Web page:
higher education XXX. Picture: THINKSTOCK
higher education XXX. Picture: THINKSTOCK

Stadio, the fledgling tertiary-education venture, has put a large slab of prime real estate behind its much-mooted “multiversity” offering.

Stadio announced at an annual general meeting on Monday that it had snapped up almost 8ha of vacant land in Cape Town’s Durbanville to develop a new campus.

The news coincided with an upbeat trading update that showed student numbers at Stadio — boosted by recent acquisitions Lisof and Milpark — topping about 26,500.

This is considerably higher than Stadio’s prelisting forecasts and lends credence to the company’s contentions around strong latent demand for affordable private tertiary education.

Considering the second semester intake and the possibility of more acquisitions, Stadio CEO Chris van der Merwe believed student numbers could reach 30,000 by the end of 2018.

The Durbanville development will be Stadio’s first large greenfield investment and will be crucial in the company’s long-term goal of accommodating 100,000 students.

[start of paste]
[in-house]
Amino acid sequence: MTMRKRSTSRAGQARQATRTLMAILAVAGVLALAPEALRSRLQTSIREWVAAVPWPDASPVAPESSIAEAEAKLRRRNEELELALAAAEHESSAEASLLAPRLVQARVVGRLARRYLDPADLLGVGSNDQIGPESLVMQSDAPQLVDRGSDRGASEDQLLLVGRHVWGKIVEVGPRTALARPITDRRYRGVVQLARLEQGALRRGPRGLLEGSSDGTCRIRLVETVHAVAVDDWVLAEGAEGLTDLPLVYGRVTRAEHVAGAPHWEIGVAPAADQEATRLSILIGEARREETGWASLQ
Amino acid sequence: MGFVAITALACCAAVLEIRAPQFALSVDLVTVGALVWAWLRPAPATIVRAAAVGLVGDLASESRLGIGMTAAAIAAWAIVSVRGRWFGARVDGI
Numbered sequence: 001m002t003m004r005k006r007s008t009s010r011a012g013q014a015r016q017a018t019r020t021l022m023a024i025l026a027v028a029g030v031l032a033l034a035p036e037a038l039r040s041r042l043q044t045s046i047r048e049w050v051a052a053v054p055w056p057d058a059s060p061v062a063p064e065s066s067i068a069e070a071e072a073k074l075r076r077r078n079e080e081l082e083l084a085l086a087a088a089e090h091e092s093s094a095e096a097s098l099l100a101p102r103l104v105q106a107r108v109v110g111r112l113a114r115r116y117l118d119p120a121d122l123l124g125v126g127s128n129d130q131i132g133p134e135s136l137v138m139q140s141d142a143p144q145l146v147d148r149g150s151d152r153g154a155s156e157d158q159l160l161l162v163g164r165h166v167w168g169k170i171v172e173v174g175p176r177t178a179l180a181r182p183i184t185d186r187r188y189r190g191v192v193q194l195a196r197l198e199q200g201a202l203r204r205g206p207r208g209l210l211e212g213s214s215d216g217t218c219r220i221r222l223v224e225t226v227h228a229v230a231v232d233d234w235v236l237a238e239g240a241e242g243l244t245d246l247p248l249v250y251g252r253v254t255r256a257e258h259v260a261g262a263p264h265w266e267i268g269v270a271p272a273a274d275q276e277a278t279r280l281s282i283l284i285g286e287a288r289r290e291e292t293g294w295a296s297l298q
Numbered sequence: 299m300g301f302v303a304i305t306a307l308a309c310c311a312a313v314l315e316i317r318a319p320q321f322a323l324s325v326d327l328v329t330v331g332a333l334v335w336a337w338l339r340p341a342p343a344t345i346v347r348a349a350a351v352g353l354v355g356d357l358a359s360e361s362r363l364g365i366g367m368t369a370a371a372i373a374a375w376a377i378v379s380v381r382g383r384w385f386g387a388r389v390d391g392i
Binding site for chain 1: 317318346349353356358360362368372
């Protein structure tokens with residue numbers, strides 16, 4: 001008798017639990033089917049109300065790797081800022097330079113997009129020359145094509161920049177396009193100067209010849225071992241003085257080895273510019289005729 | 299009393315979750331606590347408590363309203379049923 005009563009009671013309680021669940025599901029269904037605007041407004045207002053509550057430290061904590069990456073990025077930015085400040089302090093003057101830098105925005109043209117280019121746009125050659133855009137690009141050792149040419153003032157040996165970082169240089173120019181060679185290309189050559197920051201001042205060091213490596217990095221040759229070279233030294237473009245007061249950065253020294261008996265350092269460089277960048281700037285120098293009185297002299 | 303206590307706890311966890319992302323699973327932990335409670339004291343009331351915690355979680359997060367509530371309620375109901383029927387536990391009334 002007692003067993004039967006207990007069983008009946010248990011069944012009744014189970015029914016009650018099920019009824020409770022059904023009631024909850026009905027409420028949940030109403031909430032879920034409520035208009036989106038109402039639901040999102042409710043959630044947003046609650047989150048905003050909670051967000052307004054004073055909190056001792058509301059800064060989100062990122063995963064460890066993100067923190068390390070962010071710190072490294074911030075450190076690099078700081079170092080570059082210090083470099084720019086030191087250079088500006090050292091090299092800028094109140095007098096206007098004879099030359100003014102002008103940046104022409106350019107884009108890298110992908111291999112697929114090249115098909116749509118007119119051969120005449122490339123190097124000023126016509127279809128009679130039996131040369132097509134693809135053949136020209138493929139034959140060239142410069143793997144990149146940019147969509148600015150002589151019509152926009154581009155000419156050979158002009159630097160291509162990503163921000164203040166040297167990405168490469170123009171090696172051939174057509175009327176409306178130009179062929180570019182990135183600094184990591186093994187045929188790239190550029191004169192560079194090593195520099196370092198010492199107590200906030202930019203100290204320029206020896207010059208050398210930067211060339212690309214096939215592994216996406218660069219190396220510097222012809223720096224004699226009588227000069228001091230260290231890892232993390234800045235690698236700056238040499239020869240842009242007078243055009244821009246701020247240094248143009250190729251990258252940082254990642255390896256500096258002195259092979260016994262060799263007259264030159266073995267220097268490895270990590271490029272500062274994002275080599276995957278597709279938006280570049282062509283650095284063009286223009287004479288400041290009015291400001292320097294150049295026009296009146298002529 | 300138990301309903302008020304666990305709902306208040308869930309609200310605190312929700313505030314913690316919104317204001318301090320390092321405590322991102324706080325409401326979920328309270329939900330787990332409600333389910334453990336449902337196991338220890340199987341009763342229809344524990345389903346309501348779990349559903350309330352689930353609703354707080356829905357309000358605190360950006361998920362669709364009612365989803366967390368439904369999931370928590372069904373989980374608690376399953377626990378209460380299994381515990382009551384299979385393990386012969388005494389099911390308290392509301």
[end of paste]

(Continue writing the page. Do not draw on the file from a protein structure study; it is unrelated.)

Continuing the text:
The company’s endeavours, so far, have mainly centred on niche acquisitions, although Stadio facilities have recently been constructed at Musgrave in Durban, Montana in Pretoria and Waterfall in Midrand. The plan now is to start the Durbanville campus development by March 2019 and have the campus operational by February 2021.

Stadio, unbundled from Curro Holdings and listed on the JSE in 2017, is still relatively small compared with the well-established tertiary offering of JSE-listed rival Advtech, which owns highly profitable brands such as Varsity College and Rosebank College.

Private tertiary institutions are prohibited from marketing courses under the “‘private university” banner, but Stadio has coined the term “multiversity” to cover its plans to offer a diverse tertiary curriculum.

Van der Merwe said the Durbanville development would carry a total cost of R450m. He said the campus would accommodate faculties including education, commerce and law as well as creative industries such as fashion design, advertising, marketing and communication and film-making. He said Stadio was actively exploring the feasibility of developing a school of engineering and a health, sciences and medical school.

He said this would require further engagement with various role players, notably the Council on Higher Education, the South African Qualifications Authority and the Department of Higher Education and Training.

Van der Merwe reckoned the campus would accommodate between 4,000 and 5,000 contact learning students over time.